Operation Nanook is meant to show that the Canadian Armed Forces can operate in the country's most northern regions and a look inside the temporary operations camp at Voisey's Bay, Labrador makes it clear that it's no easy task.

"A few hiccups but we'll be able to achieve the aims we wanted to achieve when we started the excercise," said operations officer Captain Bruno Cyr, who has to keep the troops supplied and moving around.

"That's part of the exercise — is learning how to move so we'll learn from there and next time it will be even better."

The operation saw its share of kinks. Weather delayed the arrival of most of the troops for a couple of days and a broken helicopter windshield meant training scenarios couldn't go ahead as planned.

'You eat pretty good' Trying out an army ration in Voisey's Bay2:09

That left soldiers with time on their hands but there was no shortage of activities.

"There's a lot of things. Mostly it comes to your imagination, whatever you can imagine or think up as a game. The sky is the limit, I guess," said Master Cpl. Marcel Richard while playing cards,

"Not everything's going to work out and you have to adapt. It's part of the training and you do the best you can with what you have."

Back on track

Though not every scenario went ahead as planned, eventually things did get on track. 

"It's very important training," Master Cpl. Graham Townsend said as he learned how to put a stretcher in a helicopter.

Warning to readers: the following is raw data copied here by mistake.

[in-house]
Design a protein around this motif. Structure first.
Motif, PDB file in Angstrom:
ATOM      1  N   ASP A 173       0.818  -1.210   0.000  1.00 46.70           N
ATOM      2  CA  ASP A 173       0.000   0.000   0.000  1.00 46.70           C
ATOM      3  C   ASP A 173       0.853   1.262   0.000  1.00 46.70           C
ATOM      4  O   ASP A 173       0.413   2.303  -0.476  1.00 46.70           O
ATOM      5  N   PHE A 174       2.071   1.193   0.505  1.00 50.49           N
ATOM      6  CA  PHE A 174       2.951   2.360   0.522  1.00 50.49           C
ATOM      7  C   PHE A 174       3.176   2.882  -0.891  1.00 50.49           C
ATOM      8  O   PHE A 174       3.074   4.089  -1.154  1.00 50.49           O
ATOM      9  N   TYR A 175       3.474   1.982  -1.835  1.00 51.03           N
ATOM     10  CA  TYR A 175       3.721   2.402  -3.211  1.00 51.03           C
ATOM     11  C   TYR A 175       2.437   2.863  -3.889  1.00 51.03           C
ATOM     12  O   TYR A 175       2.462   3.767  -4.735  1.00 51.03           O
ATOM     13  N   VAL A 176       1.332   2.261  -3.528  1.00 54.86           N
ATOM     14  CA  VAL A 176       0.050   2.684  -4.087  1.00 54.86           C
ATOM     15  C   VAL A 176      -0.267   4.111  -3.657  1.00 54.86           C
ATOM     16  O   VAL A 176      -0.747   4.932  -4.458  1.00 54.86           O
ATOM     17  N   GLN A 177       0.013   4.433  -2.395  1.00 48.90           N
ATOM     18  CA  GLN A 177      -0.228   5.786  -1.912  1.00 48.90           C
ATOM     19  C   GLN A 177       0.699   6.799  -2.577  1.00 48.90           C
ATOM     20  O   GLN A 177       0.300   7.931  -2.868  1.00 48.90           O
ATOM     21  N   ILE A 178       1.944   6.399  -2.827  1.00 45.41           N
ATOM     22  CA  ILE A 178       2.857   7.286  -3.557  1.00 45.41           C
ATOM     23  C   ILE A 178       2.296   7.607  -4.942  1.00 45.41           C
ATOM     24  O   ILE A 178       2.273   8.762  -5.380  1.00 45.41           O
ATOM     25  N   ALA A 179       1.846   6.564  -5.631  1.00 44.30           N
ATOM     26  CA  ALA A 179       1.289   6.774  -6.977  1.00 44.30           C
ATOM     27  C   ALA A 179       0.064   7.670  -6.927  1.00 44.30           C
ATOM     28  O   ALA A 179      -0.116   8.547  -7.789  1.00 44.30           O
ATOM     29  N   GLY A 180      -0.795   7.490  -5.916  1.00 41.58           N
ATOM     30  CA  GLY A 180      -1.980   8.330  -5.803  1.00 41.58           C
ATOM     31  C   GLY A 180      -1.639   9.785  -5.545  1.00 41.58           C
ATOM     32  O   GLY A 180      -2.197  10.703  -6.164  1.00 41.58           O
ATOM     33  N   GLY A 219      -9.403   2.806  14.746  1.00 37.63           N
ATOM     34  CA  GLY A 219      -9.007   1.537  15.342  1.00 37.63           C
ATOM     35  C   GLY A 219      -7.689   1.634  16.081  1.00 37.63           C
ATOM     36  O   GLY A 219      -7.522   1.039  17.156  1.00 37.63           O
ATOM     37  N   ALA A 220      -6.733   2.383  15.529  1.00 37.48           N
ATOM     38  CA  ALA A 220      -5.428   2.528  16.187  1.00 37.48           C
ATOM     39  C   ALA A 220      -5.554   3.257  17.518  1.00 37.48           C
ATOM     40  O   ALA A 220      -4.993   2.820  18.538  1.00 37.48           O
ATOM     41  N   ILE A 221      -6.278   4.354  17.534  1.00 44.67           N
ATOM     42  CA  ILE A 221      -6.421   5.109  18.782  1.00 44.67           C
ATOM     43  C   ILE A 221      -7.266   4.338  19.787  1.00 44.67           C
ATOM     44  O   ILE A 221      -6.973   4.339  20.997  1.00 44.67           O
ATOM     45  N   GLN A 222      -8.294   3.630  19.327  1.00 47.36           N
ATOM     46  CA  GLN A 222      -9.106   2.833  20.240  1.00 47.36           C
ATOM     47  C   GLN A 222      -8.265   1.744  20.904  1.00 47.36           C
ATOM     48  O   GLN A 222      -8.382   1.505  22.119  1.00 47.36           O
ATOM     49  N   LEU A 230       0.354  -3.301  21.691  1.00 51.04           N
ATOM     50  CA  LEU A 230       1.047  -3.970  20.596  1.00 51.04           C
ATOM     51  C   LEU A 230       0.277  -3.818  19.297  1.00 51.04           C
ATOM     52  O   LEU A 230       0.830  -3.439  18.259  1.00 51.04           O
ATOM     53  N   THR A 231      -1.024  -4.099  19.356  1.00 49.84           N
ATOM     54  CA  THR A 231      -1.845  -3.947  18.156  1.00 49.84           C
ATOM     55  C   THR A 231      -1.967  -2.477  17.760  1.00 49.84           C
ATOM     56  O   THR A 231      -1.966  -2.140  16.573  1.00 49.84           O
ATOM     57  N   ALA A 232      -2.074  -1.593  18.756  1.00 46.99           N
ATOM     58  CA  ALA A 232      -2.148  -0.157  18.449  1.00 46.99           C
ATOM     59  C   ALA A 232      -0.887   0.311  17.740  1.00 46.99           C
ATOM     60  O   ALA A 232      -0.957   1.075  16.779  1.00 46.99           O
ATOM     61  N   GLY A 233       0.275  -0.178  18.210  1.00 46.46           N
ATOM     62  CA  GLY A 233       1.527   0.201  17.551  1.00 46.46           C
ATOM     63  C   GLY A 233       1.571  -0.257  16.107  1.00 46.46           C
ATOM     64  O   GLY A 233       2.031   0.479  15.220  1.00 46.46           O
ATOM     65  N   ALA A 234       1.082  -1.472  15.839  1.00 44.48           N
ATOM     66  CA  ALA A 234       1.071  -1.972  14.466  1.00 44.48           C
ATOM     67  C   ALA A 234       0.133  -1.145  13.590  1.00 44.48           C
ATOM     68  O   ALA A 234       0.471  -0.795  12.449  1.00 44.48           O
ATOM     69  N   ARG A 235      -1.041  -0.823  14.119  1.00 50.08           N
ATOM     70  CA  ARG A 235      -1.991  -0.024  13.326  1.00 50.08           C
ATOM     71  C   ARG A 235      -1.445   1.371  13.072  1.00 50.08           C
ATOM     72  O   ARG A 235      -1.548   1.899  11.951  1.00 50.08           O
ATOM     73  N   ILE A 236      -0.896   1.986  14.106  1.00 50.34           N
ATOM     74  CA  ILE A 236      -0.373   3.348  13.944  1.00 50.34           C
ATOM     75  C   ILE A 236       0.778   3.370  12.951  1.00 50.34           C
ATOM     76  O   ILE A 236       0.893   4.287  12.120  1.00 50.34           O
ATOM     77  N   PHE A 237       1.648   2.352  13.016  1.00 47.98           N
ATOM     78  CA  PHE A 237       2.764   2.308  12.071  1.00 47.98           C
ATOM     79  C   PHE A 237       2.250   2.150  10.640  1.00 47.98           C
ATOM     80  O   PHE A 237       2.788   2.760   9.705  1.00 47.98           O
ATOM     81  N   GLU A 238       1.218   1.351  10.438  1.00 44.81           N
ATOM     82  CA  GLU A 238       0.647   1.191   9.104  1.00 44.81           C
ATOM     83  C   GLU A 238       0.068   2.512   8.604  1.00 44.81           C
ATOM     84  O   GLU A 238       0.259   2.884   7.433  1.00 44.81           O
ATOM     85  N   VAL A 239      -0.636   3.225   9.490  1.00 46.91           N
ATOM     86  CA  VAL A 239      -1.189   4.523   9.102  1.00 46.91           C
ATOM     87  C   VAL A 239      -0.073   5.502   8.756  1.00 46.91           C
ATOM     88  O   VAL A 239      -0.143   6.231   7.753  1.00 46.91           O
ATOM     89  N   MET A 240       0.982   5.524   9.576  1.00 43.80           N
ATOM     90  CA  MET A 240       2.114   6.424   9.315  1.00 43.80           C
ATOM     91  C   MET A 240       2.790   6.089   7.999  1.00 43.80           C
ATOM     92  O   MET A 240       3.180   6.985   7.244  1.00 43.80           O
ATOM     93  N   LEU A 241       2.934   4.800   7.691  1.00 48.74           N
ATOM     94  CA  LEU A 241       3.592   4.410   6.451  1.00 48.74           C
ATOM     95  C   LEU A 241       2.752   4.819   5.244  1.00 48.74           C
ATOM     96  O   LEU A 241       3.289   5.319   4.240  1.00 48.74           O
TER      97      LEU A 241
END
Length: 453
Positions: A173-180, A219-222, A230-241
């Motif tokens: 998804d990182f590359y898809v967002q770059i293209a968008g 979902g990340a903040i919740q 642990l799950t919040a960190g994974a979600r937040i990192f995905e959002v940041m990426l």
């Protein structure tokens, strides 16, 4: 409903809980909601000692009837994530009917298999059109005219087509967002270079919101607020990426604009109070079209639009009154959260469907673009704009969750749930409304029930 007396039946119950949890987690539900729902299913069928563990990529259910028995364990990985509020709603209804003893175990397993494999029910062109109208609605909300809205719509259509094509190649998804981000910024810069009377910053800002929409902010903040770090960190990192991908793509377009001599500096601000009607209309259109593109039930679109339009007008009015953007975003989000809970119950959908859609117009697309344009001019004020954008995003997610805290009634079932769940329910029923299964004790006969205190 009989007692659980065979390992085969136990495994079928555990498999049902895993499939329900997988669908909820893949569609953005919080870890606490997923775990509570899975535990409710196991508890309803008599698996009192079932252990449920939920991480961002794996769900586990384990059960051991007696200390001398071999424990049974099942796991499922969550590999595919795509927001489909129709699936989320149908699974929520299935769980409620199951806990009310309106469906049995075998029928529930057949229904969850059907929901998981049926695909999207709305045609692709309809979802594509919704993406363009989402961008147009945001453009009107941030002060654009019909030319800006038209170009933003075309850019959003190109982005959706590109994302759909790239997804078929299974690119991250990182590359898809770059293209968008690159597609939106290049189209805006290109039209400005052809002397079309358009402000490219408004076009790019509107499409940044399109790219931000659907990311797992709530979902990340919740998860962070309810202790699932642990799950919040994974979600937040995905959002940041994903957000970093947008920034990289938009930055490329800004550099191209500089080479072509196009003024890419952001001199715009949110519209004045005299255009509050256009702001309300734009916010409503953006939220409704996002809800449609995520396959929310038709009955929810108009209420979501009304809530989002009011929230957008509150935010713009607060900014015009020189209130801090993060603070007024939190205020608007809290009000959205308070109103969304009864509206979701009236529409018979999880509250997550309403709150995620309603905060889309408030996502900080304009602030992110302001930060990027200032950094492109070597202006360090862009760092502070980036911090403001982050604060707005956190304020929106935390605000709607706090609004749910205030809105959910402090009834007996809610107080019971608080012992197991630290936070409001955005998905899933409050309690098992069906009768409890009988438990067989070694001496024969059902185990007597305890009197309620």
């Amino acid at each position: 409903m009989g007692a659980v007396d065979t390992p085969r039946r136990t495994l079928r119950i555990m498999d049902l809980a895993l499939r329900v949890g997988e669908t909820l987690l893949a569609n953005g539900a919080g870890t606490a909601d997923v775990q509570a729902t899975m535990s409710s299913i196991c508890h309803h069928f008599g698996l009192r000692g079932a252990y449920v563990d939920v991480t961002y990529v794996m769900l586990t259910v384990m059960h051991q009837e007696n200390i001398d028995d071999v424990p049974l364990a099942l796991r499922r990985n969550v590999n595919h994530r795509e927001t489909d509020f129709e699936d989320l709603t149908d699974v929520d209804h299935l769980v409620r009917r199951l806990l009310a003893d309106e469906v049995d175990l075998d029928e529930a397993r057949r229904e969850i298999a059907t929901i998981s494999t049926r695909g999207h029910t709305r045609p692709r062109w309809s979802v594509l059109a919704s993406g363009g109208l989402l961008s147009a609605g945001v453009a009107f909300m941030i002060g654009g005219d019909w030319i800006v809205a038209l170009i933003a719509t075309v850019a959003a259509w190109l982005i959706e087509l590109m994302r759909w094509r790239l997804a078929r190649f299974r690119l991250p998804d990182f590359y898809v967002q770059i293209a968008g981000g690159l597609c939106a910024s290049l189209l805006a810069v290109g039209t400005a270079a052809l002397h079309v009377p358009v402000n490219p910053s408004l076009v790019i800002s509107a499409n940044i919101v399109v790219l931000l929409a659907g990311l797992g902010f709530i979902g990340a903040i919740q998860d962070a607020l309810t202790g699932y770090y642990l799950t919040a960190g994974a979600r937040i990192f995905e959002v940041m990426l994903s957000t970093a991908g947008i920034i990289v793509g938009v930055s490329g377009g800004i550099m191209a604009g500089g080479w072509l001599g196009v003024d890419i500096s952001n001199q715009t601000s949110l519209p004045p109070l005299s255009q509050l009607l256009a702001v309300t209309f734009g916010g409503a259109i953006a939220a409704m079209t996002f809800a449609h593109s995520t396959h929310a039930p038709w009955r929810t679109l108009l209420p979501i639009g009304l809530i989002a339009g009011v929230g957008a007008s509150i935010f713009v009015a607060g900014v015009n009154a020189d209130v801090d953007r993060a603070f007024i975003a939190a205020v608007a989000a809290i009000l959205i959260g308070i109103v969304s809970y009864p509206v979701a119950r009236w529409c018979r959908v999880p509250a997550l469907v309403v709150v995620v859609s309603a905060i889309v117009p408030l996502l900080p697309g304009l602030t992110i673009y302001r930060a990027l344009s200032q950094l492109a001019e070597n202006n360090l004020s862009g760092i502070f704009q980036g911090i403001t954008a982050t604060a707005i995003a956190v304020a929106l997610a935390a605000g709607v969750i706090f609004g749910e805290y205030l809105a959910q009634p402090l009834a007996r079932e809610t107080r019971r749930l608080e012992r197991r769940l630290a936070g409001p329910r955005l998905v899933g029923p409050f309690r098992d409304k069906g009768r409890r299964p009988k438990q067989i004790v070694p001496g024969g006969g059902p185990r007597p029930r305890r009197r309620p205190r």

Troops train during Operation Nanook1:18

"When one of our buddies is injured, when one of our friends is really, really hurt, we have to make sure we can control ourselves to properly get them to the level of care that they require."

Really proud

Though most of the troops taking part were from other parts of Atlantic Canada, there were some locals. 

"It really helps the Labrador coast for them to show up here," Canadian Ranger Maria Emelia Merkuratsuk of Nain said. 

Maria Merkuratsuk

Maria Emelia Merkuratsuk helps offload supplies from a Hercules aircraft which delivered supplies and troops to Voisey's Bay. (Jacob Barker/CBC)

"To see [Canadian Armed Forces members] in real life, to see them in person makes us really proud."

The Rangers, a reserve unit that opertes in remote areas, provides a lot of local knowledge for soldiers taking part in the training exercise.

Merkuratsuk became a ranger because her father was one. She embraces the role.

"I feel like keeping them safe [is] keeping us safe," she said.

Namesake vessel

The navy, along with a Labrador namesake also played a role in the operations. The HMCS Goose Bay was helping out moving troops and supplies around.

HMCS Goose Bay visits Voisey's Bay2:47

"Roads lesser travelled for the navy," Lt. Amanda Jayne said as the boat pulled into Voisey's Bay. "But very excited to be in this spot."